“In recent years, scientists searching for ways to restore hearing have made a number of promising discoveries,” writes David Brooks in the New Yorker. “The natural human tendency, though, is to do nothing and hope for the best, usually while pretending that nothing is wrong.”

The article, focusing on hearing technology and it’s increasingly tangible benefits, is personal, funny, and hits on a number of important points:

1. New technology is not only helping to manage hearing loss, but also helping prevention techniques (such as more advanced hearing protection).

2. Medical and genetic breakthroughs are just as important as technical milestones.

3. “If I could relive my adolescence, I wouldn’t listen to Steppenwolf with loudspeakers leaning against my head, and I wouldn’t have cherry bomb fights with my friends unless I was wearing ear protection.”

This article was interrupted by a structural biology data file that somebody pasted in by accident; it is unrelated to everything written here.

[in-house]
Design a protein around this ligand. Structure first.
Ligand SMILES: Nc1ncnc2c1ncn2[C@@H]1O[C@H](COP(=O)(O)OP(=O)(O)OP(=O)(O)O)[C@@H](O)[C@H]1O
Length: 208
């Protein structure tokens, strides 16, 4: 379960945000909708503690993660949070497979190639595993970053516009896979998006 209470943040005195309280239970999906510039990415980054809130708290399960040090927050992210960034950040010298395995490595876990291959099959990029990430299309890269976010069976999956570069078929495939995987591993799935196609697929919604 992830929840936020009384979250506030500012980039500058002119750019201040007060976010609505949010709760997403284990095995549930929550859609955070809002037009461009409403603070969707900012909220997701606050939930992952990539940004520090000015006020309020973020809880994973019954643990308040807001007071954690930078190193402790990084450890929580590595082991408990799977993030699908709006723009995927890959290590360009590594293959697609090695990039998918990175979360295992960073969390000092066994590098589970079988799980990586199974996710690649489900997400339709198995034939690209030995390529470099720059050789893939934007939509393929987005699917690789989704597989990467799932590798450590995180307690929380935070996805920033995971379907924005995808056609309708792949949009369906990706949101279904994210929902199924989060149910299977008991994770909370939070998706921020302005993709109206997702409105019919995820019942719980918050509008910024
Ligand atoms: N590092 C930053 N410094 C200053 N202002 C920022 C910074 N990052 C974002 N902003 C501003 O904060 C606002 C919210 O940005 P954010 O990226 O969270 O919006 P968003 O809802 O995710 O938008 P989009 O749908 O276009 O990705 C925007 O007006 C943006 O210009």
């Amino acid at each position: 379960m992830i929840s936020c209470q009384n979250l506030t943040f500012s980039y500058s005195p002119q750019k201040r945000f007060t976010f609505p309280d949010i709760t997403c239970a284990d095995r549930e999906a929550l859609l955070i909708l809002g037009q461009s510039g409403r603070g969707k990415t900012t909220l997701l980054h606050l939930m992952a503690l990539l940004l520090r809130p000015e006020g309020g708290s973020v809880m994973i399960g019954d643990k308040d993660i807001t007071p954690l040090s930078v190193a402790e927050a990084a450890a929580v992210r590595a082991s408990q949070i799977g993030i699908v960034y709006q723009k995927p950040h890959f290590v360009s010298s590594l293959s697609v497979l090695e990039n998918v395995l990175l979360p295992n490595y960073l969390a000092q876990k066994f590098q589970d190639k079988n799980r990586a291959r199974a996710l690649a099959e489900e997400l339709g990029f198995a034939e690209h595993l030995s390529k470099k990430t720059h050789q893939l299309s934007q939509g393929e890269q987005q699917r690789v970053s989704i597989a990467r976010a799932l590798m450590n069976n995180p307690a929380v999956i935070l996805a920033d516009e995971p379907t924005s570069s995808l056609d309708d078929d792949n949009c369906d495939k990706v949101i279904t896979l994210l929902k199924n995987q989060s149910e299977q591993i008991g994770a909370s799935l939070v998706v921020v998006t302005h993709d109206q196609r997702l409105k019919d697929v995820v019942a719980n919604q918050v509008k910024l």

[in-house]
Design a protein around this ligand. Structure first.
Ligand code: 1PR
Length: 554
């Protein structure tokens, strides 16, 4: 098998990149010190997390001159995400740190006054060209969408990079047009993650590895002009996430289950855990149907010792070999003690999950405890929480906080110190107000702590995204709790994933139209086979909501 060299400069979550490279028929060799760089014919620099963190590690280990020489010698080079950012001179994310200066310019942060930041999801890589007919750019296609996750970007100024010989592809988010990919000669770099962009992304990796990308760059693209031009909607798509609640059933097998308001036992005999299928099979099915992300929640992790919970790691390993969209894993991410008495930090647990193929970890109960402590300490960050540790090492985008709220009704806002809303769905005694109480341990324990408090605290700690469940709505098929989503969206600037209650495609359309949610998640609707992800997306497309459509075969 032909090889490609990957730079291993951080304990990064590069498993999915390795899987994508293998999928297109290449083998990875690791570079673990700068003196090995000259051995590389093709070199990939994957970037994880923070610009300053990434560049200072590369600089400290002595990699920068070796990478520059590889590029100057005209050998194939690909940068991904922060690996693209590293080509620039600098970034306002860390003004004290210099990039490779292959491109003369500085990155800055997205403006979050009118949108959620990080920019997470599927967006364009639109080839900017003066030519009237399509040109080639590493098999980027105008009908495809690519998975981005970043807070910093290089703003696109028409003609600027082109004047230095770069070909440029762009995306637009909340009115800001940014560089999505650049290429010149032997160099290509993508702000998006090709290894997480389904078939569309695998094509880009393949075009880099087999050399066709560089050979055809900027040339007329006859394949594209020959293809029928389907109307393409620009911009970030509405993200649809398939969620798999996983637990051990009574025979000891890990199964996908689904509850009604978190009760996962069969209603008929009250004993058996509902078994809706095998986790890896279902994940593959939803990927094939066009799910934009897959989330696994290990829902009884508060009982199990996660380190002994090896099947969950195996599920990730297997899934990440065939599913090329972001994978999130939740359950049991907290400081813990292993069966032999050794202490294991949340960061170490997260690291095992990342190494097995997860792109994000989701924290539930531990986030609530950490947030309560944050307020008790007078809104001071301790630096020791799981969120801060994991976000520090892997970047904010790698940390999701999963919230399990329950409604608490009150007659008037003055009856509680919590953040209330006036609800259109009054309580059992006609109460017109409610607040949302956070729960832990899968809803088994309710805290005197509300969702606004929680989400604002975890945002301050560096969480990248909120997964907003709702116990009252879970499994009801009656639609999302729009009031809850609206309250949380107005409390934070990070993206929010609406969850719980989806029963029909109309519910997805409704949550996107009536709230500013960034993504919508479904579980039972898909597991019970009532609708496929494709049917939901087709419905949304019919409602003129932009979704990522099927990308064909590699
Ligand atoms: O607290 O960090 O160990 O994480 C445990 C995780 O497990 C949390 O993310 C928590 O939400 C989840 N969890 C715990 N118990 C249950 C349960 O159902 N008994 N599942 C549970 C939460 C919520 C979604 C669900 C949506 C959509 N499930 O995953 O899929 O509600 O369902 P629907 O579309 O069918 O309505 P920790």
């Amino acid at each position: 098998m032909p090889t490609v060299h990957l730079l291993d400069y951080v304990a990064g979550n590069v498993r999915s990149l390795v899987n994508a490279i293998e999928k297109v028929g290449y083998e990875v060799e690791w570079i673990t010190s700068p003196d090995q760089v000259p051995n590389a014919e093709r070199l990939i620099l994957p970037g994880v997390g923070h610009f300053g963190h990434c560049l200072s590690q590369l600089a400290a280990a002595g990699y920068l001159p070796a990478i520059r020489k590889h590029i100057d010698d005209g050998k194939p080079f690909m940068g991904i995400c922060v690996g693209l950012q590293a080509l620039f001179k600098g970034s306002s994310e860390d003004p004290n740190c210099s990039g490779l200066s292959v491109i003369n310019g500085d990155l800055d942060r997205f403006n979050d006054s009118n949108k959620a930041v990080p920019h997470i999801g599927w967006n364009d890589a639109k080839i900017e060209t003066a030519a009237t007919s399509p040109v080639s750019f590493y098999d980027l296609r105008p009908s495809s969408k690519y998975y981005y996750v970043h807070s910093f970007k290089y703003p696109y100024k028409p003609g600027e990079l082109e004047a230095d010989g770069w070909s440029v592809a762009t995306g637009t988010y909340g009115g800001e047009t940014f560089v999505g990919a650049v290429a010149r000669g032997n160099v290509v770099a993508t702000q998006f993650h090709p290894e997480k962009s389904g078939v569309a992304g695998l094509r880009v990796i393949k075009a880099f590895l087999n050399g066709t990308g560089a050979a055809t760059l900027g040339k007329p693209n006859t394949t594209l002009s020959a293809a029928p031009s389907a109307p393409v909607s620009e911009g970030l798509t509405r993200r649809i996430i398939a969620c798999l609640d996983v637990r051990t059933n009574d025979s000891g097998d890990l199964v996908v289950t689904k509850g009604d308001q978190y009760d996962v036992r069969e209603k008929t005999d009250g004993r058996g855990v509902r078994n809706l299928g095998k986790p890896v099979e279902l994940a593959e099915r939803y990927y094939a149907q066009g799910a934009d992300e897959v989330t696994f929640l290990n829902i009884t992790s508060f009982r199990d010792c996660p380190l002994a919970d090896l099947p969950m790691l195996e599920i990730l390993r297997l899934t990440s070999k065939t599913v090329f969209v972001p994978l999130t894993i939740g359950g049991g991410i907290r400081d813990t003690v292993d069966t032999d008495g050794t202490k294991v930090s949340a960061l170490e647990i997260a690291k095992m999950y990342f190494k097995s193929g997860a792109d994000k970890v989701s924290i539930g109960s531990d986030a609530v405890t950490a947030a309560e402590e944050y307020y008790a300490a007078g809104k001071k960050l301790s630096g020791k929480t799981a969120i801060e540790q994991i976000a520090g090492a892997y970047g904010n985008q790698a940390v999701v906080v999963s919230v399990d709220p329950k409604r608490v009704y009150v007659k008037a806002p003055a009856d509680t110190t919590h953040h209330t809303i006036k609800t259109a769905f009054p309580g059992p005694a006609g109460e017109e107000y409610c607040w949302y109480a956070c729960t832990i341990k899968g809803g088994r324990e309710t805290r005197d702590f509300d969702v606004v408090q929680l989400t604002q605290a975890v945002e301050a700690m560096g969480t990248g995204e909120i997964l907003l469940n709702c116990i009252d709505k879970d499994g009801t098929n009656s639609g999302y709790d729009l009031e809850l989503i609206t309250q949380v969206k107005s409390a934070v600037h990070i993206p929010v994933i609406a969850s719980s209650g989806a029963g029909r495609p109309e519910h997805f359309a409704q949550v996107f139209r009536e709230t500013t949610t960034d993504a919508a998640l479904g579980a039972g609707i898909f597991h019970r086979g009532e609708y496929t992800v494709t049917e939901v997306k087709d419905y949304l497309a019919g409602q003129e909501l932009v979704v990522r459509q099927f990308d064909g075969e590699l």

Brooke goes on to describe several new products, such as the Hearphones from Bose, the Starkey Halo, and the Starkey Soundlens. These devices not only include clever ways to hide (or make fashionable) the hearing aid, but they are also able to integrate into one’s daily, technological lifestyle. The Halo, for instance, is able to stream audio from certain devices right to the hearing aid.

Through the article, David Owens focuses on a point we all know to be sure: rapid inventions in hearing health technology are capable of transforming one’s lifestyle in pretty meaningful ways.

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The purpose of this hearing assessment and/or demonstration is for hearing wellness and to determine if the consumer may benefit from using hearing aids, which may include selling and fitting hearing aids. Products demonstrated may differ from products sold. Assessment conclusion is not a medical diagnosis and further testing may be required to diagnose hearing loss. The use of any hearing aid may not fully restore normal hearing and does not prevent future hearing loss. Hearing instruments may not meet the needs of all hearing-impaired individuals.